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Roof Shading for Greenhouse?

Just having the garden (a.k.a. the jungle!) re-landscaped in good time for retirement. Putting in a few raised beds for veg, and a 6x10 greenhouse, first I will have owned.

Space problems mean the greenhouse ridge will be North-South, which I understand is not ideal. What does that mean for roof blinds as shading? Will I need to cover both sides of the roof as the sun will be overhead, or is one side enough?

How essential is shading in the SW of England?

Apologies for the list of questions, but am looking to get this right as I won't be landscaping the garden again.

Posts

  • BobTheGardenerBobTheGardener Leicestershire, UKPosts: 11,337

    Hi CW, I have a 10x8 in the same orientation and only needed to shade the West side.  Since then a 'family' dwarf apple tree planted directly to the south has grown tall enough to provide shade in the height of summer so no need now.  Ventilation is probably more important - the more automatic roof vents and louvres you can get/afford, the better.

    Last edited: 31 January 2017 23:11:59

    A trowel in the hand is worth a thousand lost under a bush.
  • CWCW Posts: 4

    Many thanks guys, very helpful. We have a plan for a tree of some sort to the South of it, so I can choose accordingly - good to hear it will help rather than hinder.

    No point in me posting photos now - it's a mud bath out there, but I will put up few into the forum when it's ready (probably mid-April).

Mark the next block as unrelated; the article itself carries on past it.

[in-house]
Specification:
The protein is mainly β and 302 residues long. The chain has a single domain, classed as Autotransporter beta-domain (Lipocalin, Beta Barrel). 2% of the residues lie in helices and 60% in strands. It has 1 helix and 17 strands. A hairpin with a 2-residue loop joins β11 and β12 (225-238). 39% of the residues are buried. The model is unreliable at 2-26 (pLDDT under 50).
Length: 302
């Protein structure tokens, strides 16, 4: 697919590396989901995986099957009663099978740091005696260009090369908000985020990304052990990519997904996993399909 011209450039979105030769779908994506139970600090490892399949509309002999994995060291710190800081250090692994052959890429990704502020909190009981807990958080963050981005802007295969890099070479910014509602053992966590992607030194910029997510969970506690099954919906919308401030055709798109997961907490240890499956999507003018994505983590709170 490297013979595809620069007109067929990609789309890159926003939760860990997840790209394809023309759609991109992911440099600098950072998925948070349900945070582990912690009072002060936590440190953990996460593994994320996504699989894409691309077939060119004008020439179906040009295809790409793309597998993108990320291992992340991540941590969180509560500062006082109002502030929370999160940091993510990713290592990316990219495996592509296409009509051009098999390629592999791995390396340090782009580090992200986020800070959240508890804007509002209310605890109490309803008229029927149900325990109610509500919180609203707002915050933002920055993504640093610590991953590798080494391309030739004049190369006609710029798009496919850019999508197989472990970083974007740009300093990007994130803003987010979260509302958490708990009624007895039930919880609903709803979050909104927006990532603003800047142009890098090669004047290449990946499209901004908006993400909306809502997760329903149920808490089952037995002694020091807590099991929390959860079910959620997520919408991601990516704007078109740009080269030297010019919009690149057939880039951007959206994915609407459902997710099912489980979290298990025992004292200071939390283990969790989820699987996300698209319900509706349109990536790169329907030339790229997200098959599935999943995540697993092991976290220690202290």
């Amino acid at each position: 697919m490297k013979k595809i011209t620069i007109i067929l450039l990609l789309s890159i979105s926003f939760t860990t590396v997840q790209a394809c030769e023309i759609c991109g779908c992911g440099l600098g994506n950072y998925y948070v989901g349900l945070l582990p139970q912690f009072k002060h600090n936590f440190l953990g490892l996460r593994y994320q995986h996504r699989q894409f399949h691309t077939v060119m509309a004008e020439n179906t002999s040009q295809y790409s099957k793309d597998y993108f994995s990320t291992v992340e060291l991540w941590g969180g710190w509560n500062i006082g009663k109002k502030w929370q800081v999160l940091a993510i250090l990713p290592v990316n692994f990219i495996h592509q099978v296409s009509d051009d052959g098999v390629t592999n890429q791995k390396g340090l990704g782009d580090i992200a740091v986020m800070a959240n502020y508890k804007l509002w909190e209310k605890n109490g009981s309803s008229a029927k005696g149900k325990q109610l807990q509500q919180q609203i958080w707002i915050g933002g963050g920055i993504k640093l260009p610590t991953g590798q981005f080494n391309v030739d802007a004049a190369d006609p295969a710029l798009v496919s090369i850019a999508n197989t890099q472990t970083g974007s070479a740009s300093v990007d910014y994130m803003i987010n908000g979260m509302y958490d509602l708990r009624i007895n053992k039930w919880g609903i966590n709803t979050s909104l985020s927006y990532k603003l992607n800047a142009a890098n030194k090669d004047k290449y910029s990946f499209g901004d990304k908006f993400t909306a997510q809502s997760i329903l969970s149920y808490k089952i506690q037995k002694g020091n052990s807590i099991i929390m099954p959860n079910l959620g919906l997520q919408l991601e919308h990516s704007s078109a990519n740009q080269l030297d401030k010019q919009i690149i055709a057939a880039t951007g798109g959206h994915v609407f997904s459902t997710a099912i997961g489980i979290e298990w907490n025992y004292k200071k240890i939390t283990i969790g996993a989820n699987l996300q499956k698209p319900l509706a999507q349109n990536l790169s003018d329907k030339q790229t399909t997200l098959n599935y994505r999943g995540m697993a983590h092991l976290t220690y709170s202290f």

I'm drooling over a Rhino greenhouse, and as that size comes with 4 automatic louvres and 2 vents in the price I may just convince myself I can afford it.

  • ObelixxObelixx Vendée, Western FrancePosts: 28,086

    They have small greenhouses like this on the Beechgrove Garden which is filmed up near Aberdeen.   They have one which was shaded in the traditional way using paint on the inside of the glass and another using green mesh net rolled down over the outside.

    The advantage of the latter is that you can roll it up pr down according to how bright the sun is on a given day and there's no faffing with washing it all off for winter.   Either way, they still use shading all that way up north where it rarely ever gets as warm as in the sunnier south west.

    "We don't stop playing because we grow old; we grow old because we stop playing." - George Bernard Shaw
  • CWCW Posts: 4

    I suppose it goes to show that everyone has their own take and method on this, depending on their environment. I'll have to try and see what works for me down here in my circumstances.I work all day at the moment so I'll struggle to change anything midday in the Summer.

    Best idea I suppose is to get a max/min thermometer to keep track of what's happening while I'm away in the day, and change my setup accordingly. I accept that in the first year I'm likely to suffer some failures while I find out.

  • cornellycornelly Posts: 963

    For shading I paint on a substance called Coolglass a white powder added to water, and over the years have found it very good, what ever is left on the roof at the end of the summer can be cleaned using a dry cloth.

  • ObelixxObelixx Vendée, Western FrancePosts: 28,086

    The trick, with or without shading, is ventilation to keep it aired and reduce the build up of diseases and moulds.

    "We don't stop playing because we grow old; we grow old because we stop playing." - George Bernard Shaw
  • CWCW Posts: 4

    Thanks again guys. The frustrating bit is that the weather at the moment has stalled the landscape gardeners getting on with the work, so my new greenhouse isn't getting much closer :-(

    I'll play at growing pea shoots indoors to keep my spirits up while I wait.

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